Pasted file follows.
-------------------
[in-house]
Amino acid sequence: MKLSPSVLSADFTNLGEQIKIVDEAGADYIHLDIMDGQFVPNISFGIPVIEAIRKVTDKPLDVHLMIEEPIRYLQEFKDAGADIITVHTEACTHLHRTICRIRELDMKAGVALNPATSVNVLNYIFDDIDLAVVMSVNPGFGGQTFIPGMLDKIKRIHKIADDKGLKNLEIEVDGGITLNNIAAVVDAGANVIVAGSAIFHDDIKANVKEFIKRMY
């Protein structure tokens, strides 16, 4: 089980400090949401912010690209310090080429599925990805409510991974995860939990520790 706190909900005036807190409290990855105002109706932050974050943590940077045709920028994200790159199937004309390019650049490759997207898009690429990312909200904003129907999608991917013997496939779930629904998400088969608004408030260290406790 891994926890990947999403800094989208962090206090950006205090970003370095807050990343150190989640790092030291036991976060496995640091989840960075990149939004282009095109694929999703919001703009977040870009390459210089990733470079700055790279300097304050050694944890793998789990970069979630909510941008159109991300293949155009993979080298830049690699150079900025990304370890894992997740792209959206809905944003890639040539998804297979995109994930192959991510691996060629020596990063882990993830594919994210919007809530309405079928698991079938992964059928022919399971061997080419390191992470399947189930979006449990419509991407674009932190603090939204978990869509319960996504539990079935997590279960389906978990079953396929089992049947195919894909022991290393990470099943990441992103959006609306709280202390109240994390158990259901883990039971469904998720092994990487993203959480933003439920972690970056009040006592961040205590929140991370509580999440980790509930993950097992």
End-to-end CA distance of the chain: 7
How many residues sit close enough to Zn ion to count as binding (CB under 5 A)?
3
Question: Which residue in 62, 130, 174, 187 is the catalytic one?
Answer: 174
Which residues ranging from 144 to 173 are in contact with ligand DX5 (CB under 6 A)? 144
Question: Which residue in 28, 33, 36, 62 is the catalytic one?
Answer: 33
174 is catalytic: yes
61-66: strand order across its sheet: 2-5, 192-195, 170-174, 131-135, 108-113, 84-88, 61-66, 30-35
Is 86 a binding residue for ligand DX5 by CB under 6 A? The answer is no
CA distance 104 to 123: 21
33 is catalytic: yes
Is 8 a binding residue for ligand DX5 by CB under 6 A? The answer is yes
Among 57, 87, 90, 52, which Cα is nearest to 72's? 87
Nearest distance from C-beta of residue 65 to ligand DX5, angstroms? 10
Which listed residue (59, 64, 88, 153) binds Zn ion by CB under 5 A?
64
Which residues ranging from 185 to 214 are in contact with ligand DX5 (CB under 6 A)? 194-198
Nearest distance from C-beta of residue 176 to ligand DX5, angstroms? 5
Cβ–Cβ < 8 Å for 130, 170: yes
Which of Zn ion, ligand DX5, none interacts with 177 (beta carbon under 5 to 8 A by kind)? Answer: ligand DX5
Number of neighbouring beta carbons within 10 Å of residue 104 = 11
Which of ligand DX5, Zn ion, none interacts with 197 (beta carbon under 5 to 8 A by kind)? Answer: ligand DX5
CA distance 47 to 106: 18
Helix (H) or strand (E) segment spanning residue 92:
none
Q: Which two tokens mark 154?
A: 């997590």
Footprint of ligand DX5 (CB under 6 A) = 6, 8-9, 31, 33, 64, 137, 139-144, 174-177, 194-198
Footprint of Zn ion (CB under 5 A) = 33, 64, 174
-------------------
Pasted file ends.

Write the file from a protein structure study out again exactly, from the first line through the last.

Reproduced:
[in-house]
Amino acid sequence: MKLSPSVLSADFTNLGEQIKIVDEAGADYIHLDIMDGQFVPNISFGIPVIEAIRKVTDKPLDVHLMIEEPIRYLQEFKDAGADIITVHTEACTHLHRTICRIRELDMKAGVALNPATSVNVLNYIFDDIDLAVVMSVNPGFGGQTFIPGMLDKIKRIHKIADDKGLKNLEIEVDGGITLNNIAAVVDAGANVIVAGSAIFHDDIKANVKEFIKRMY
């Protein structure tokens, strides 16, 4: 089980400090949401912010690209310090080429599925990805409510991974995860939990520790 706190909900005036807190409290990855105002109706932050974050943590940077045709920028994200790159199937004309390019650049490759997207898009690429990312909200904003129907999608991917013997496939779930629904998400088969608004408030260290406790 891994926890990947999403800094989208962090206090950006205090970003370095807050990343150190989640790092030291036991976060496995640091989840960075990149939004282009095109694929999703919001703009977040870009390459210089990733470079700055790279300097304050050694944890793998789990970069979630909510941008159109991300293949155009993979080298830049690699150079900025990304370890894992997740792209959206809905944003890639040539998804297979995109994930192959991510691996060629020596990063882990993830594919994210919007809530309405079928698991079938992964059928022919399971061997080419390191992470399947189930979006449990419509991407674009932190603090939204978990869509319960996504539990079935997590279960389906978990079953396929089992049947195919894909022991290393990470099943990441992103959006609306709280202390109240994390158990259901883990039971469904998720092994990487993203959480933003439920972690970056009040006592961040205590929140991370509580999440980790509930993950097992």
End-to-end CA distance of the chain: 7
How many residues sit close enough to Zn ion to count as binding (CB under 5 A)?
3
Question: Which residue in 62, 130, 174, 187 is the catalytic one?
Answer: 174
Which residues ranging from 144 to 173 are in contact with ligand DX5 (CB under 6 A)? 144
Question: Which residue in 28, 33, 36, 62 is the catalytic one?
Answer: 33
174 is catalytic: yes
61-66: strand order across its sheet: 2-5, 192-195, 170-174, 131-135, 108-113, 84-88, 61-66, 30-35
Is 86 a binding residue for ligand DX5 by CB under 6 A? The answer is no
CA distance 104 to 123: 21
33 is catalytic: yes
Is 8 a binding residue for ligand DX5 by CB under 6 A? The answer is yes
Among 57, 87, 90, 52, which Cα is nearest to 72's? 87
Nearest distance from C-beta of residue 65 to ligand DX5, angstroms? 10
Which listed residue (59, 64, 88, 153) binds Zn ion by CB under 5 A?
64
Which residues ranging from 185 to 214 are in contact with ligand DX5 (CB under 6 A)? 194-198
Nearest distance from C-beta of residue 176 to ligand DX5, angstroms? 5
Cβ–Cβ < 8 Å for 130, 170: yes
Which of Zn ion, ligand DX5, none interacts with 177 (beta carbon under 5 to 8 A by kind)? Answer: ligand DX5
Number of neighbouring beta carbons within 10 Å of residue 104 = 11
Which of ligand DX5, Zn ion, none interacts with 197 (beta carbon under 5 to 8 A by kind)? Answer: ligand DX5
CA distance 47 to 106: 18
Helix (H) or strand (E) segment spanning residue 92:
none
Q: Which two tokens mark 154?
A: 């997590």
Footprint of ligand DX5 (CB under 6 A) = 6, 8-9, 31, 33, 64, 137, 139-144, 174-177, 194-198
Footprint of Zn ion (CB under 5 A) = 33, 64, 174